Then, of course, theres the fact that we're relying on perception to navigate reality, rather than reality itself... which means that, for all intents and purposes, although things may be deterministic from a macrocosmic sense, it's impossible from a personal vantage, given our perceptions do not abide by physical laws. They abide by interpretations.

I have no idea how that answers what I said. Adding spirit stuff into the problem doesn't provide an alternative option to the ones I just gave you. It just adds another layer of spookiness into the original dilemma.
Ren
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5/25/2012 5:33:30 PM
Posted: 4 years ago
At 5/25/2012 5:31:38 PM, Kinesis wrote:
At 5/25/2012 5:07:53 PM, Ren wrote:
The decision-making process that exists separate of the physical laws that govern the reality we perceive around us.

Then, of course, theres the fact that we're relying on perception to navigate reality, rather than reality itself... which means that, for all intents and purposes, although things may be deterministic from a macrocosmic sense, it's impossible from a personal vantage, given our perceptions do not abide by physical laws. They abide by interpretations.

I have no idea how that answers what I said. Adding spirit stuff into the problem doesn't provide an alternative option to the ones I just gave you. It just adds another layer of spookiness into the original dilemma.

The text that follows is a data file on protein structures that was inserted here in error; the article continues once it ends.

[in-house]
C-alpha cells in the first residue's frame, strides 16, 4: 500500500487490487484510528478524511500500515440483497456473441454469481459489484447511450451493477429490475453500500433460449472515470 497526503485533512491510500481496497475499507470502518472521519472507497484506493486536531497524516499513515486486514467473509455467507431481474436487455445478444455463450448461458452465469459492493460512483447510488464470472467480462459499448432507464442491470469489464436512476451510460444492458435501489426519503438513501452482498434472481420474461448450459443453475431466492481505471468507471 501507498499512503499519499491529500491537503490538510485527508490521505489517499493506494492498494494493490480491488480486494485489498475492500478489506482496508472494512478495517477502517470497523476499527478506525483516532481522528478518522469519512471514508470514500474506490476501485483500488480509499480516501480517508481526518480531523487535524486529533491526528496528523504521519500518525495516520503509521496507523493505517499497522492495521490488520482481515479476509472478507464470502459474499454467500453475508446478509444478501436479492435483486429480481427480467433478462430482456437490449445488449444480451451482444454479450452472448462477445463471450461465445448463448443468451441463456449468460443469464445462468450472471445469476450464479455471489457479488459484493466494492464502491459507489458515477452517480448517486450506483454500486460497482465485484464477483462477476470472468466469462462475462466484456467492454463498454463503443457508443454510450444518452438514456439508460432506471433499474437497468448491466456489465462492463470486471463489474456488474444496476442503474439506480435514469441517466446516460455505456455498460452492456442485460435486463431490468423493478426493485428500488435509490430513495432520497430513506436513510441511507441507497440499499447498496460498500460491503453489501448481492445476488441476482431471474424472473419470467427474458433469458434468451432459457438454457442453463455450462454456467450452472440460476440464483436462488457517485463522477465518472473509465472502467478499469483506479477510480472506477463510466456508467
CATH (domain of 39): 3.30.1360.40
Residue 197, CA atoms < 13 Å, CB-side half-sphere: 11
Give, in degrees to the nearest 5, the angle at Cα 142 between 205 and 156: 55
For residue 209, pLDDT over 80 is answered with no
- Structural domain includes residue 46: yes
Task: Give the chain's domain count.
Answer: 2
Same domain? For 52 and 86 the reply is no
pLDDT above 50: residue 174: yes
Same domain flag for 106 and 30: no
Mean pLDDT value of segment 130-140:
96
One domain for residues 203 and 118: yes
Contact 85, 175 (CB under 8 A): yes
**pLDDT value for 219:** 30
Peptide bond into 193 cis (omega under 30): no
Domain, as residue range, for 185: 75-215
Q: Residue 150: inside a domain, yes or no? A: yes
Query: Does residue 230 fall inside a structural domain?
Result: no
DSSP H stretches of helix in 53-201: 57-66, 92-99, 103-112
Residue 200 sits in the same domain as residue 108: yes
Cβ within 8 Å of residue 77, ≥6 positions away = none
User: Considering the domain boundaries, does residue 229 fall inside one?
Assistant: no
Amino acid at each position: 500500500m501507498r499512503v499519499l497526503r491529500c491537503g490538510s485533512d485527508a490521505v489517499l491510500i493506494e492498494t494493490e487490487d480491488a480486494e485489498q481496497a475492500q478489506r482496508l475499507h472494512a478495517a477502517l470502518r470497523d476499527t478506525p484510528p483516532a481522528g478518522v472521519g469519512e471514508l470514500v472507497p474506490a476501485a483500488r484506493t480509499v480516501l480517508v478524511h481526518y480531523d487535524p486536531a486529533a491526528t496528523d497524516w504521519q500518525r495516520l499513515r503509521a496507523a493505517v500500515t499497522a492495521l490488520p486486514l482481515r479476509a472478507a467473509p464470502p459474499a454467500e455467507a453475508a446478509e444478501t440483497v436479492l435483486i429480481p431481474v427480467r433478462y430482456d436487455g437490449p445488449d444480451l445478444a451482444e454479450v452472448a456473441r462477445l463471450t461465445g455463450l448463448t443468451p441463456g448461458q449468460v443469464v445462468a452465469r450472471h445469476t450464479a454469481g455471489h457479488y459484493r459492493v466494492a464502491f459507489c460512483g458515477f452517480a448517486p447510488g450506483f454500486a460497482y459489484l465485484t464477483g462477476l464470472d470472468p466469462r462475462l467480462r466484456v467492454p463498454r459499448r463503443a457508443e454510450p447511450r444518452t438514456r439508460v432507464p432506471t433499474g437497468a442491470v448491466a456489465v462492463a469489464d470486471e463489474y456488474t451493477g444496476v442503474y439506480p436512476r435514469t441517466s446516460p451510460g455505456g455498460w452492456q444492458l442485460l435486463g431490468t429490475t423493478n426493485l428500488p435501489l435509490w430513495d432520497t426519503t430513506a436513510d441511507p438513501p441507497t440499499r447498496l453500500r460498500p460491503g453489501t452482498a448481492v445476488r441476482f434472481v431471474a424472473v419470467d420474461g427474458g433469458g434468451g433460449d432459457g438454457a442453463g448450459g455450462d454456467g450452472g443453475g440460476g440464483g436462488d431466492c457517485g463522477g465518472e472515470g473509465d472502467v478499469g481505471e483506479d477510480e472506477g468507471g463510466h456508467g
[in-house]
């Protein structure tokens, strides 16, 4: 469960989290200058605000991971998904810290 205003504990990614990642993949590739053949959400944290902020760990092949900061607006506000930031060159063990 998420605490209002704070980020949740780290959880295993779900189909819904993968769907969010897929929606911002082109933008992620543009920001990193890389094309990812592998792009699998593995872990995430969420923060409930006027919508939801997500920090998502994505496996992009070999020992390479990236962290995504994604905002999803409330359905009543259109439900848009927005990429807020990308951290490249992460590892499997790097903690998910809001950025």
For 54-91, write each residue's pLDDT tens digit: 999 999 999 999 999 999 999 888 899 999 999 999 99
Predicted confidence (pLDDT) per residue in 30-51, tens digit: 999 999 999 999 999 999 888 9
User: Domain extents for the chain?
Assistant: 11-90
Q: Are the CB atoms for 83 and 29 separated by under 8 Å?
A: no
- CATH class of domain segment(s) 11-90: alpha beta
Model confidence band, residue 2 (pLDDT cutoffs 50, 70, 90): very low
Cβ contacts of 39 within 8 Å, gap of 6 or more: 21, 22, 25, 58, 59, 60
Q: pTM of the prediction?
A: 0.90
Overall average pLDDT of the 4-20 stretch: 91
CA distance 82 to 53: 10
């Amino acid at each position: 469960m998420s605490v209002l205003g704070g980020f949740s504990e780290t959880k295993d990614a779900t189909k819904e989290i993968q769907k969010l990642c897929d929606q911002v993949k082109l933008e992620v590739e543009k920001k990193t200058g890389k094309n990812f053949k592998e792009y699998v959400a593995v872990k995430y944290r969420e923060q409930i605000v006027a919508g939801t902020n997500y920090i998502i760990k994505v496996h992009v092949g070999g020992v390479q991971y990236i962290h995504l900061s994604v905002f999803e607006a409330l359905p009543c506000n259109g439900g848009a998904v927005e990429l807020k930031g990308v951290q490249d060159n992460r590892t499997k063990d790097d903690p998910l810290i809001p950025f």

What?

Lol, what?!

Why have people been speaking to me like this, lately?

I derive my perspectives about reality from studies of reality -- physics.

What I said wasn't spookiness, it's fact.

The Heisenberg Uncertainty Principle, as far as we know, is also fact.

In reality, we know nothing at all accept what we all agree we know.
OMGJustinBieber
Posts: 3,484
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5/25/2012 5:38:51 PM
Posted: 4 years ago
We have to define what "free will" is. If you ask Kant he's like "yeah, free will can exist even in if we accept causal determinism in the world of phenomenon (the world of the senses) because we are also members of a noumenal world that's not subject to the same types of laws." What does it mean to choose freely? If my choices are not causally related but I'm basically forced by situation or society to choose between two undesirable options can that be called "free will?"
Kinesis
Posts: 3,667
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5/25/2012 5:39:37 PM
Posted: 4 years ago
At 5/25/2012 5:33:30 PM, Ren wrote:
What?

Lol, what?!

Why have people been speaking to me like this, lately?

Whoa, sorry dude. I talk to everyone like that - especially on this website -, don't take it personally. I'm responding to your argument, not you personally.

I derive my perspectives about reality from studies of reality -- physics.

What I said wasn't spookiness, it's fact.

The Heisenberg Uncertainty Principle, as far as we know, is also fact.

In reality, we know nothing at all accept what we all agree we know.

And, since there is literally nothing that everyone agrees with (name one thing), we don't know anything?